What are the Prescribed Goods?

The application of CA is limited to the prescribed goods, which include but are not limited to the following:

  • Mobile Phones – Examples include smartphones, Blackberry, or tablets that can transmit and receive calls and messages over a cellular network. The purchase of a mobile phone is, however, excluded from customer accounting if it comes with a post-paid mobile subscription plan by a local telecommunication service provider. Satellite phones, walkie-talkies, smartwatches, mobile landlines, phones over 17.5 cm in screen size, and smartphone accessories such as chargers, screen protectors, and batteries are not included in the CA scheme.
  • Memory Cards – This category includes memory sticks, Secure Digital (SD) cards and CompactFlash. The exclusions are solid state drive (SSD), thumb drive, dual in-line memory module (DIMM), random access memory (RAM), portable external hard disk, hard disk drive (HDD), and other smart cards with embedded chips such as ATMs, SIM cards, and credit cards.
  • Off-the-Shelf Software – The software included in this category are those that are not specifically customized for the customer. Such software is stored in a CD or similar storage device; or the product can be accessed through a product or license key, activating or other similar code which is provided as part of the purchase. Prescribed goods for CA include software sold in physical boxed packaging like anti-virus, accounting, gaming, design tools, etc. Pre-installed software is not prescribed for CA. Software back-ups stored in CD or similar storage device, Xbox Live, software downloadable from the internet (whose key or code for access is provided via email), and PlayStation Plus are examples of software not qualified for CA.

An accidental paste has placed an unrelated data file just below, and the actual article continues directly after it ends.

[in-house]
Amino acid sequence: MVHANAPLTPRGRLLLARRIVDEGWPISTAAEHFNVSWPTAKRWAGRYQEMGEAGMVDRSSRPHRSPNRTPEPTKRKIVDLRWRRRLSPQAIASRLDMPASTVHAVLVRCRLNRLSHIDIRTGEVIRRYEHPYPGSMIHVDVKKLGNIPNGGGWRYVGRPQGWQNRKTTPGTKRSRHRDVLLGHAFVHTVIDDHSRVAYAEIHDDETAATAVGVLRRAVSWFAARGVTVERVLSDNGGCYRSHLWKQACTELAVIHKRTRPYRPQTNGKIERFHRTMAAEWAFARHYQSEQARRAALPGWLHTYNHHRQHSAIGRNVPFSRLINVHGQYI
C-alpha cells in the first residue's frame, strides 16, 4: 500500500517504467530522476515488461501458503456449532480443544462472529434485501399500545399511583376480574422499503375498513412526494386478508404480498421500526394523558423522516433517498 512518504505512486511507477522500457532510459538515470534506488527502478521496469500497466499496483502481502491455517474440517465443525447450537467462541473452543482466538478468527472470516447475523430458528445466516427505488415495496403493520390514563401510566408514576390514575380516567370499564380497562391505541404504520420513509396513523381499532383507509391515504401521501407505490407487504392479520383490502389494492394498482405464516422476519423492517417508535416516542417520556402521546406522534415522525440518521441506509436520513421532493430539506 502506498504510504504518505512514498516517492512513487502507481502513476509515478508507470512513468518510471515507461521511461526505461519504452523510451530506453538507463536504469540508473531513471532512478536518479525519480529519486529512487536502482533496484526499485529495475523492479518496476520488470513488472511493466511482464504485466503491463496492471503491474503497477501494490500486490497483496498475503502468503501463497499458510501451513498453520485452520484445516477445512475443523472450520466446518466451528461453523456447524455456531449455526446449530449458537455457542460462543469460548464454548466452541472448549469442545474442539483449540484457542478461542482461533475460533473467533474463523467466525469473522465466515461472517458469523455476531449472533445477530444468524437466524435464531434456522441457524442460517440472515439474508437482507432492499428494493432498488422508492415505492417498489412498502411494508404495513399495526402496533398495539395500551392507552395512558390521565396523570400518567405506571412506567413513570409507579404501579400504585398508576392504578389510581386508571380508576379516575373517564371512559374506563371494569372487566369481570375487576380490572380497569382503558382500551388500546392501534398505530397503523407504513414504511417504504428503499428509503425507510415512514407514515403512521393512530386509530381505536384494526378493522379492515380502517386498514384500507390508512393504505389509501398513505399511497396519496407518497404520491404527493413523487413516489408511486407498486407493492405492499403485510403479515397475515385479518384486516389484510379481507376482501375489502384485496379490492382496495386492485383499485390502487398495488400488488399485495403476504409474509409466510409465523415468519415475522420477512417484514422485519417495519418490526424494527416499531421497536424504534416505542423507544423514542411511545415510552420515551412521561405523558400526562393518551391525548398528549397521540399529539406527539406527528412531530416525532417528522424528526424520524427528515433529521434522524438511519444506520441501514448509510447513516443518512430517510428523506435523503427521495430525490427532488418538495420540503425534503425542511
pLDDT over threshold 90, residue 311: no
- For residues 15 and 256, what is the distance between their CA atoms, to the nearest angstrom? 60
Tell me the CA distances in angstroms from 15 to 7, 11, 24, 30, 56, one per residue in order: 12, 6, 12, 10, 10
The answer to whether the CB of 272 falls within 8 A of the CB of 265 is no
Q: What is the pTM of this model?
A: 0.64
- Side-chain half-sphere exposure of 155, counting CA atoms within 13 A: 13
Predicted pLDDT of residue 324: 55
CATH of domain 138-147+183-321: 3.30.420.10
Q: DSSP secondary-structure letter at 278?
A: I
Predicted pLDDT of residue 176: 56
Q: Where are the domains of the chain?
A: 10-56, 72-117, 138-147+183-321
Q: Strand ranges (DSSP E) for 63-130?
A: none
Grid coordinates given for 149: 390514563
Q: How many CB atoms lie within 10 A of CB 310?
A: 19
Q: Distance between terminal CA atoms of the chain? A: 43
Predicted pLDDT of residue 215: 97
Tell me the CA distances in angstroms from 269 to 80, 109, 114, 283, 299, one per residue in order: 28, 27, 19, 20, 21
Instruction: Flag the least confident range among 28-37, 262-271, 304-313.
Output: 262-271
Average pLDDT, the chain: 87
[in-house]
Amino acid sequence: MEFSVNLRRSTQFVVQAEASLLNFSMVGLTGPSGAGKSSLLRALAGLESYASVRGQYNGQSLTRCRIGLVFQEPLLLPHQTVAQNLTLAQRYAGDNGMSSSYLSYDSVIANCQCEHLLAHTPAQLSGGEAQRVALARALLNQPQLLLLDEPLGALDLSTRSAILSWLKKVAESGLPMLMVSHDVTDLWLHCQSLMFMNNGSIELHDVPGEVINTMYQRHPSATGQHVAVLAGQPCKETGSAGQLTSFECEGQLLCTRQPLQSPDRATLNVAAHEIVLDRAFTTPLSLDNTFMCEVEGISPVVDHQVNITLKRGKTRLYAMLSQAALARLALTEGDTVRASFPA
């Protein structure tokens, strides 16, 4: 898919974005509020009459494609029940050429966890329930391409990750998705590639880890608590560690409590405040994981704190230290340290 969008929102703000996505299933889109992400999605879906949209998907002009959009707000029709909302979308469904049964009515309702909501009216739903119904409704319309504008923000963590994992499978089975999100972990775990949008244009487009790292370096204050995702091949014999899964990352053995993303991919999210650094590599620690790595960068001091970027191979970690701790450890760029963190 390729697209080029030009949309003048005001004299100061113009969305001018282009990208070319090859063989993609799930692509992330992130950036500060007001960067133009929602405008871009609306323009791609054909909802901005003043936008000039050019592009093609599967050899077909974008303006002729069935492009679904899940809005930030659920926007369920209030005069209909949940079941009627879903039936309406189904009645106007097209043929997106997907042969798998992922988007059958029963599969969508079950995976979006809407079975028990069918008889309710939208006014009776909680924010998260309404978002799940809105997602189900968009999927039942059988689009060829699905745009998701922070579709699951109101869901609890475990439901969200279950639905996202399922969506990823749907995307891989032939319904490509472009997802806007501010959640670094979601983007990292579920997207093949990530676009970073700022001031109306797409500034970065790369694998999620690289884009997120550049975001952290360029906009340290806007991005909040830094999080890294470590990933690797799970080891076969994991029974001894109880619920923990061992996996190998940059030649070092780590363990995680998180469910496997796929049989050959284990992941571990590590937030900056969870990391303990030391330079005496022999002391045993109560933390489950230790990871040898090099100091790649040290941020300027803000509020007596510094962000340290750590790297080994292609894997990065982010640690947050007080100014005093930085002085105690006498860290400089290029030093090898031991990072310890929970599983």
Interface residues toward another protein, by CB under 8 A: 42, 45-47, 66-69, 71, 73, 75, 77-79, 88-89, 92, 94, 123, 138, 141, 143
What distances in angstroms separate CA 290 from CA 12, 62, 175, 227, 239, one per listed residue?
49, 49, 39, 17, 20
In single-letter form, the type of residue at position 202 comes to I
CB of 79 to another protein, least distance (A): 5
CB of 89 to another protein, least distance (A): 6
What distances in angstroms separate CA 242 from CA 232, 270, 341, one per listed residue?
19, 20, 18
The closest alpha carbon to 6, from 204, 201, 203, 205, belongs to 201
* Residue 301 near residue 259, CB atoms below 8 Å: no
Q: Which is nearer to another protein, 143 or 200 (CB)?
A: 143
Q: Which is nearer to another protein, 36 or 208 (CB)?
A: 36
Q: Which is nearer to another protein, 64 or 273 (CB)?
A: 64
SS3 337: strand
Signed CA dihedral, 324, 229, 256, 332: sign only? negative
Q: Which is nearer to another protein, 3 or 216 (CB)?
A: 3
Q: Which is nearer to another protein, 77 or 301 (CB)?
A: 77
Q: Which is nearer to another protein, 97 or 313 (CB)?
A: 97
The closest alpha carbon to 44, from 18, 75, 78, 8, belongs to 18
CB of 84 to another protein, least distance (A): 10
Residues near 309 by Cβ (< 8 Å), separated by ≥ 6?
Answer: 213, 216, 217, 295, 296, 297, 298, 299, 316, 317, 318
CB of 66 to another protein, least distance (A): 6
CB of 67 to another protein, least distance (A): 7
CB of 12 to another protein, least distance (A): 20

‘Excepted Goods’ which are not subject to CA, are the supplies of goods made under:

  • Gross Margin Scheme – The computation of GST is based on the gross margin, not the full value, of the goods supplied. This scheme is applicable if (1) the primary business activity is dealing with used goods and (2) the second-handed goods are purchased free of GST.
  • Approved Third Party Logistics (3PL) Company Scheme – Under certain conditions, no import duty or GST is applicable on the supplies of goods from the overseas customers of these approved logistics companies.
  • Approved Refiner and Consolidator Scheme – Either the approved refiner or consolidator can enjoy the certain GST benefits, which are specially designed to ease cash flow and relieve indirect taxability on refining activities for investment precious metals (IPM).
  • A deemed taxability arising from the transfer or disposal of goods at no cost.

When to Apply Customer Accounting

To apply CA, the following conditions must be met;

  • The customer must be a GST-registered person;
  • The purchase of prescribed goods is conducted in the ordinary course of a business; and
  • The value of the prescribed goods exceeds S$10,000.

Connect with us today to learn more about customer accounting and how this may affect and/or apply to your business. We look forward to helping you identify your business and personal needs, and providing you with efficient and holistic solutions.